Liars – is a word commonly used in connection with the Gulenists, as they have fine-tuned the art of lying, and mastered its delivery to a science. It’s a funny thing about liars, and in particular the Gulenists, they always try and turn the tables on the innocents in an attempt to disguise their own guilt and lies – the classic wag the dog tactic.
The positive outcome: Onal did the public an enormous favor with his outburst and accusations – he slipped up and displayed what the Gulenists are really all about.
The negative outcome: Onal will have to be sent back to training camp and be reprogrammed, because he obviously strayed from the Gulen tenements of constraint and diplomacy – but to his benefit, it looks like he still has the lying part down pat.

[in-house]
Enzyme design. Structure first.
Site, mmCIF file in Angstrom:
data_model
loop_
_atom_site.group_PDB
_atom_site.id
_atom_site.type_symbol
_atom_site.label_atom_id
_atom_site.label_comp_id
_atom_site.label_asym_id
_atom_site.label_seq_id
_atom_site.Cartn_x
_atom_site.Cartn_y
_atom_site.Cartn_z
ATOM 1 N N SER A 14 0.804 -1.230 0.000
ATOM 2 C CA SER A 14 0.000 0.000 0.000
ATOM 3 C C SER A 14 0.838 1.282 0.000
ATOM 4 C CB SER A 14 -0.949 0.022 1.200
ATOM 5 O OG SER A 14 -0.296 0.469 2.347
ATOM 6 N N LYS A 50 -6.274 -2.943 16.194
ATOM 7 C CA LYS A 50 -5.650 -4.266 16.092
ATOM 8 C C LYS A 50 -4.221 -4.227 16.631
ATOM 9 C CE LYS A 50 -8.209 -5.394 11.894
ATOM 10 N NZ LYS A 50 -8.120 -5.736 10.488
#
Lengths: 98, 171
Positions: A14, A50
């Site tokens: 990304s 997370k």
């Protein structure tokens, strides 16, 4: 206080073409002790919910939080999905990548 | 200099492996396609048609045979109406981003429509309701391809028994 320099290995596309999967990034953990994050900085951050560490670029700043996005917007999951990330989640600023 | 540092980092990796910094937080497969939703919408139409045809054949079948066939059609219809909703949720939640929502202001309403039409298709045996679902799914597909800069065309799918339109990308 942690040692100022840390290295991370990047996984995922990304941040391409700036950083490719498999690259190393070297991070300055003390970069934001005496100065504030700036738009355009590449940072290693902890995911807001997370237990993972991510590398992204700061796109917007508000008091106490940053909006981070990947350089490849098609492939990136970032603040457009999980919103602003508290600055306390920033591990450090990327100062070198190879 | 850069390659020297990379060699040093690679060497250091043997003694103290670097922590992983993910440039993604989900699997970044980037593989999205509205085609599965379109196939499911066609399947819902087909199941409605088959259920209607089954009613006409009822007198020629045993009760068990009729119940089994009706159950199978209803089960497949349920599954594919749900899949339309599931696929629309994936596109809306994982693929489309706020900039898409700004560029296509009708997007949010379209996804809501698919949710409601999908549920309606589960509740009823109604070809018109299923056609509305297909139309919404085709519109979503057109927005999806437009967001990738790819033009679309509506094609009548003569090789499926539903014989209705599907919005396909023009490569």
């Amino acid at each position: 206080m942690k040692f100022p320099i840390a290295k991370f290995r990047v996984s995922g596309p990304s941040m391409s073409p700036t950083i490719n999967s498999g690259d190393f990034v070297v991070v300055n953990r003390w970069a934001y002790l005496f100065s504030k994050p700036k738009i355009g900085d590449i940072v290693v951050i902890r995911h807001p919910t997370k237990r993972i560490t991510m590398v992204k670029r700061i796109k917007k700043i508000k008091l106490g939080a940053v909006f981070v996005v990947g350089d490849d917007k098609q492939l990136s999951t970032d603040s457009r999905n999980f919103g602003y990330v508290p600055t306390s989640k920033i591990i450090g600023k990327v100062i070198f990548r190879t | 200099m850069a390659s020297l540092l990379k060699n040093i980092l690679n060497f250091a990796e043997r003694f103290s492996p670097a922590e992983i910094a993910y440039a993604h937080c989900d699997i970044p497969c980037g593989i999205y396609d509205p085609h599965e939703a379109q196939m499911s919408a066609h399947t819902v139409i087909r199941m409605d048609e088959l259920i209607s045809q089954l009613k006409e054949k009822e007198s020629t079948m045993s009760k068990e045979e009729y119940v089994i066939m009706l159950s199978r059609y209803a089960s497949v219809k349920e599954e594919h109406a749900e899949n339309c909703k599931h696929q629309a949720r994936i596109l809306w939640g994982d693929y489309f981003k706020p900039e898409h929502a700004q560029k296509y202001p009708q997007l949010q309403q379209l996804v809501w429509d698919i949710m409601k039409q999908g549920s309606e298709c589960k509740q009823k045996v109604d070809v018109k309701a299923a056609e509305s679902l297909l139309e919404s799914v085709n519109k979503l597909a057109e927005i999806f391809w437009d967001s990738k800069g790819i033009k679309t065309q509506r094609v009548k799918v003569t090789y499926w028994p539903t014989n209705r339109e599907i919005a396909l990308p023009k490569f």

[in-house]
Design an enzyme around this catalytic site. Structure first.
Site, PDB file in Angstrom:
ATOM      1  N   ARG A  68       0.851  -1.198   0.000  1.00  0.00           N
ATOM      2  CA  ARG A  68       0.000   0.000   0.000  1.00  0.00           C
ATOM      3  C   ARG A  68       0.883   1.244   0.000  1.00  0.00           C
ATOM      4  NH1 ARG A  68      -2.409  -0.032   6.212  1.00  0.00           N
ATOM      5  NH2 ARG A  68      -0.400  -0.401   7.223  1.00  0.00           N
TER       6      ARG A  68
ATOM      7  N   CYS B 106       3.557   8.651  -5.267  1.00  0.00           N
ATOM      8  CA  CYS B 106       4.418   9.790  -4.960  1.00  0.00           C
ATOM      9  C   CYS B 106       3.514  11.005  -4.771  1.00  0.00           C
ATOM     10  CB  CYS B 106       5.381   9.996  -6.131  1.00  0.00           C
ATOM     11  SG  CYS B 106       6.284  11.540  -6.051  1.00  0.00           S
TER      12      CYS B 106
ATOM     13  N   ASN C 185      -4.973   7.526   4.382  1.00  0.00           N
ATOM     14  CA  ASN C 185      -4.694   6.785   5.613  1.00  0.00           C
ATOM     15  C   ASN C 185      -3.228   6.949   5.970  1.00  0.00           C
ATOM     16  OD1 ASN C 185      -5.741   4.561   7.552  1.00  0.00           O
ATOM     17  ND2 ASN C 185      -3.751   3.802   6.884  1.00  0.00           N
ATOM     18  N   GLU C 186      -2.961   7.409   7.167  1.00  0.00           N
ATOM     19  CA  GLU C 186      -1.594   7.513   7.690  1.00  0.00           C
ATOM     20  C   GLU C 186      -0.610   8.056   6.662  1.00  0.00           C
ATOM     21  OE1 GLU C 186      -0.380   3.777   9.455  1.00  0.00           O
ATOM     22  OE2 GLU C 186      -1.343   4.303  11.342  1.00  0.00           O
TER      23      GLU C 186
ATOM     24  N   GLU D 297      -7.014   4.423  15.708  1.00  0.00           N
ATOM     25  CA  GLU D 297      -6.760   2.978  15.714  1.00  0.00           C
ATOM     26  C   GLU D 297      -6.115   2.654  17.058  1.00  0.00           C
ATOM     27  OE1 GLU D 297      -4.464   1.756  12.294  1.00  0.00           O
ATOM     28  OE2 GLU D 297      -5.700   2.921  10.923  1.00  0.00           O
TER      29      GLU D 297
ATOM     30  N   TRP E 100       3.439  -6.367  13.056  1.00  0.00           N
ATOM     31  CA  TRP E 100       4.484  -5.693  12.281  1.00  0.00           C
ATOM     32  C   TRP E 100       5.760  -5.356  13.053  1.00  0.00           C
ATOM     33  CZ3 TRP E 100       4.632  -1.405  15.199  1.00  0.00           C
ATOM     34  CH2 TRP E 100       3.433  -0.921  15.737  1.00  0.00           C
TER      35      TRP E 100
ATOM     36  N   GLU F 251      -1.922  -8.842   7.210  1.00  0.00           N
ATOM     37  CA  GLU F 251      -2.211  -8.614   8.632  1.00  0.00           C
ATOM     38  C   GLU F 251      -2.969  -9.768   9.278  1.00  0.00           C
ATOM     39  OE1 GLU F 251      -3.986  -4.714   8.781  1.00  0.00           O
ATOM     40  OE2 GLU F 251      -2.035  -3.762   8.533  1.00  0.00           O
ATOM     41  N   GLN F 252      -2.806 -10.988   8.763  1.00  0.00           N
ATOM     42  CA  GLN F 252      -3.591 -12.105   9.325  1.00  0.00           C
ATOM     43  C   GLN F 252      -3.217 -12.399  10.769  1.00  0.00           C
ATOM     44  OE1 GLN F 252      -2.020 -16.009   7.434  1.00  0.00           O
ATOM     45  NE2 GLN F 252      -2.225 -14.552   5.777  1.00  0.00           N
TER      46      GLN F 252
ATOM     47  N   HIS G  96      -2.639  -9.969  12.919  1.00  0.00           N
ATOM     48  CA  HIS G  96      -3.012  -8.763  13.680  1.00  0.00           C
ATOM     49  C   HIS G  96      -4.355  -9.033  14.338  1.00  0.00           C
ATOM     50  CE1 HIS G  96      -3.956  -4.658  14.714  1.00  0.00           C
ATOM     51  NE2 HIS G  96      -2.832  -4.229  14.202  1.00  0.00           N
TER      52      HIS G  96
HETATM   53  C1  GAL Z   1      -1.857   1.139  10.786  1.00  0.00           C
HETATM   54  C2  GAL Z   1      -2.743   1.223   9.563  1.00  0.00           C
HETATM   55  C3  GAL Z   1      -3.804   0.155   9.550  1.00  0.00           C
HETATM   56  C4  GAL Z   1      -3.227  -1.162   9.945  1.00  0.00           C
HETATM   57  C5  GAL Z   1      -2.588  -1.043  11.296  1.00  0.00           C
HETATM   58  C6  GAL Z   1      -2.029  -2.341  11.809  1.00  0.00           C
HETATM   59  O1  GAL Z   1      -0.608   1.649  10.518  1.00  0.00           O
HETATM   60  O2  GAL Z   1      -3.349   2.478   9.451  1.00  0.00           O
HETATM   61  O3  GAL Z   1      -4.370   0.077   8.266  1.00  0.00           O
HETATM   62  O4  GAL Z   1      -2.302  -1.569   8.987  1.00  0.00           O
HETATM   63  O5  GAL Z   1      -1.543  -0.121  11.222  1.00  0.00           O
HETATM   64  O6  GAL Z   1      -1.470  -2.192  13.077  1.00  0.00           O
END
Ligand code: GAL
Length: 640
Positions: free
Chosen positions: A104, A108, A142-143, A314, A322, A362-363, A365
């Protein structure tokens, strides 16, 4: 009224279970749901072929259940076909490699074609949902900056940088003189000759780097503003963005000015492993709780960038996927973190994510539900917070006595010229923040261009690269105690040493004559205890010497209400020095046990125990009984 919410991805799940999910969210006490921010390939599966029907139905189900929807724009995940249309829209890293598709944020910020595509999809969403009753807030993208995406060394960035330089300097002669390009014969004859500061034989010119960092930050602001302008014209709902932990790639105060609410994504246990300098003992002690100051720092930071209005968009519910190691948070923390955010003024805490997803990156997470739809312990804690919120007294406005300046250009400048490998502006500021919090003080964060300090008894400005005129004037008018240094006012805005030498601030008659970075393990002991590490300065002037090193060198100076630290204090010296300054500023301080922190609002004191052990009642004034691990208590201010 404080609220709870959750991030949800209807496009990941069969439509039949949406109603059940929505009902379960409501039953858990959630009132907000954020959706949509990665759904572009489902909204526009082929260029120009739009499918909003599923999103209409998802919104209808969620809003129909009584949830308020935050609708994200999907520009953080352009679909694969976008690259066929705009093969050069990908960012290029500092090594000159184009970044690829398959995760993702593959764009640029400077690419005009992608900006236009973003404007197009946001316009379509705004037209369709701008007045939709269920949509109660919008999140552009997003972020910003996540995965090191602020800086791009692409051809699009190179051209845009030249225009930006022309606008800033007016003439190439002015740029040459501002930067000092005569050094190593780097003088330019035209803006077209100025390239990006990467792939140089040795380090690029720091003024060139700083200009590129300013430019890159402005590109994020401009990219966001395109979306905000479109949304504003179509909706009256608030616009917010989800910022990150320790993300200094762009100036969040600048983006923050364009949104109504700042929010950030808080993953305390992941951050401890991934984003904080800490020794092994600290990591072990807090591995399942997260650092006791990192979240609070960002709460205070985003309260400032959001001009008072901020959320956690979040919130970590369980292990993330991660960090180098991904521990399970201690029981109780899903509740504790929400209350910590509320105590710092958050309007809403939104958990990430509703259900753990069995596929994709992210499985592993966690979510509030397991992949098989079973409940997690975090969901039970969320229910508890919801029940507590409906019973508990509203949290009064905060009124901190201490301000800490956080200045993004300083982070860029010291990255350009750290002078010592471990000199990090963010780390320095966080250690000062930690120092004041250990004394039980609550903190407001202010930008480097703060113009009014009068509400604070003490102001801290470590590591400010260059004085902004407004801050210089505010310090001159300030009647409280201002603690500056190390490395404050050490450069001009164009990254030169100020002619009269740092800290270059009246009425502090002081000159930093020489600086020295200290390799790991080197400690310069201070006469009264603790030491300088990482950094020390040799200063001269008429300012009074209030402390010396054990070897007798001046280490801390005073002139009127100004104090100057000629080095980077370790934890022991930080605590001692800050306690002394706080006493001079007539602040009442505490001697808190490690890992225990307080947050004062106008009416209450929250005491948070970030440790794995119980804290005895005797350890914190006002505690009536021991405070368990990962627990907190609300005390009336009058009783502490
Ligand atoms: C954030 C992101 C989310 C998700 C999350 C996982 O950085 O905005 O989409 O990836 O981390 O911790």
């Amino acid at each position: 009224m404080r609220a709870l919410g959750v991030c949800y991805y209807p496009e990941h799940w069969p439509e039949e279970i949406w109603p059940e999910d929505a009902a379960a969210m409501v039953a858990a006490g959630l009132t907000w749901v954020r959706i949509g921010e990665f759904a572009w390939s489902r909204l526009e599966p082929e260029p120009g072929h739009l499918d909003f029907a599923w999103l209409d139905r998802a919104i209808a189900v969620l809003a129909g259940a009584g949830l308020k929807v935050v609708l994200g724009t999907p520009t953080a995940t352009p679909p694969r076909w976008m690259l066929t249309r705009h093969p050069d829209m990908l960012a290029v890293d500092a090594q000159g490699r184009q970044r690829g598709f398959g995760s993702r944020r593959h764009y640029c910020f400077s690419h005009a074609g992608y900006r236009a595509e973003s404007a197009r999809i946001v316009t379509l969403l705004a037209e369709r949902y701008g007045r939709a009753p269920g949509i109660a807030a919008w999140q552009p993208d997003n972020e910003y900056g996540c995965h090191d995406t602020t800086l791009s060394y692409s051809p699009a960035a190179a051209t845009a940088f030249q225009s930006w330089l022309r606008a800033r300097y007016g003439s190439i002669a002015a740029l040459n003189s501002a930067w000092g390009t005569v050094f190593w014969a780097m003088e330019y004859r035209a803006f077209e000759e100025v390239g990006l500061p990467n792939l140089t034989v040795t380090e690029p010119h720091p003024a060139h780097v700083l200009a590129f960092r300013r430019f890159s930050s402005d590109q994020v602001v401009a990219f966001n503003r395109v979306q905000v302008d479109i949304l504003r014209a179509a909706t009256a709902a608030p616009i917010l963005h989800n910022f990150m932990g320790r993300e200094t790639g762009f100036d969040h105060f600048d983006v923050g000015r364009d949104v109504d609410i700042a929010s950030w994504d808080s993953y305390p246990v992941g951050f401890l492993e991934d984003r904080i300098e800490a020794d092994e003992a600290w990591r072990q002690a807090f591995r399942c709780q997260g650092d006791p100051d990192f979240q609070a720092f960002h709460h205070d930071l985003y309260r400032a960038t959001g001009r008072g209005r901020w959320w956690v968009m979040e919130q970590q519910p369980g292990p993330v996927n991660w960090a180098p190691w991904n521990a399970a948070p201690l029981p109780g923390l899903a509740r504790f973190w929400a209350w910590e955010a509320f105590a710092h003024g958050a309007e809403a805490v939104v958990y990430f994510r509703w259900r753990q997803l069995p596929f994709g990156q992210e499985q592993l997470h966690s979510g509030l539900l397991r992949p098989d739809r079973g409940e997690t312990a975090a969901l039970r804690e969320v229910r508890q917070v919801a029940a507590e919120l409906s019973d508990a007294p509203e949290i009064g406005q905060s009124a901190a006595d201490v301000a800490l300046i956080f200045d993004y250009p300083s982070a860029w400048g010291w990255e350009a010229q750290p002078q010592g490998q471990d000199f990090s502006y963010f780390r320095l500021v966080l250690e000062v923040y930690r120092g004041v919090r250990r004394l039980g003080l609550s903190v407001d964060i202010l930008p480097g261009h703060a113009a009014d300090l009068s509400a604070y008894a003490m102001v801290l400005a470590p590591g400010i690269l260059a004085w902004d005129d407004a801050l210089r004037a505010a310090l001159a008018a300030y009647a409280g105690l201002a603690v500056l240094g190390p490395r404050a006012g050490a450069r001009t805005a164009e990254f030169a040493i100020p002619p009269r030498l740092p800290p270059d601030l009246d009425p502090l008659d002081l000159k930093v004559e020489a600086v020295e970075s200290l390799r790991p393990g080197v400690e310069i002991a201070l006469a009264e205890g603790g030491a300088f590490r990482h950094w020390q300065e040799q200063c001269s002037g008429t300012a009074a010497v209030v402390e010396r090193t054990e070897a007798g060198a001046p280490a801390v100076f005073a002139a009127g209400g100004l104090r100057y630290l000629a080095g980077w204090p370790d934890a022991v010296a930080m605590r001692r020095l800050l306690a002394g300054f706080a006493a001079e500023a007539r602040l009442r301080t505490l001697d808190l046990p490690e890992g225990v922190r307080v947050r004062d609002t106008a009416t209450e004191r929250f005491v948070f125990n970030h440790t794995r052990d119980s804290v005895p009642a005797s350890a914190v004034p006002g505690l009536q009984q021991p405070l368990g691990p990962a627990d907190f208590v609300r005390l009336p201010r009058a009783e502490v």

Below is the article written by Brian Wallace from Lancaster Online and published on Feb. 20, 2013:
Police called to wild school board hearing on charter school proposal
Lancaster city police were called to McCaskey High School late Tuesday night when a hearing on a proposed Lancaster city charter school got out of hand.
Verbal arguments broke out between supporters and opponents after the school's founding board president accused a parent of lying and verbally accosted another parent before walking out of the hearing.
The board president, Sait Onal, apologized for his behavior.
After four hours of testimony, the hearing was extended to next week, with no decision rendered.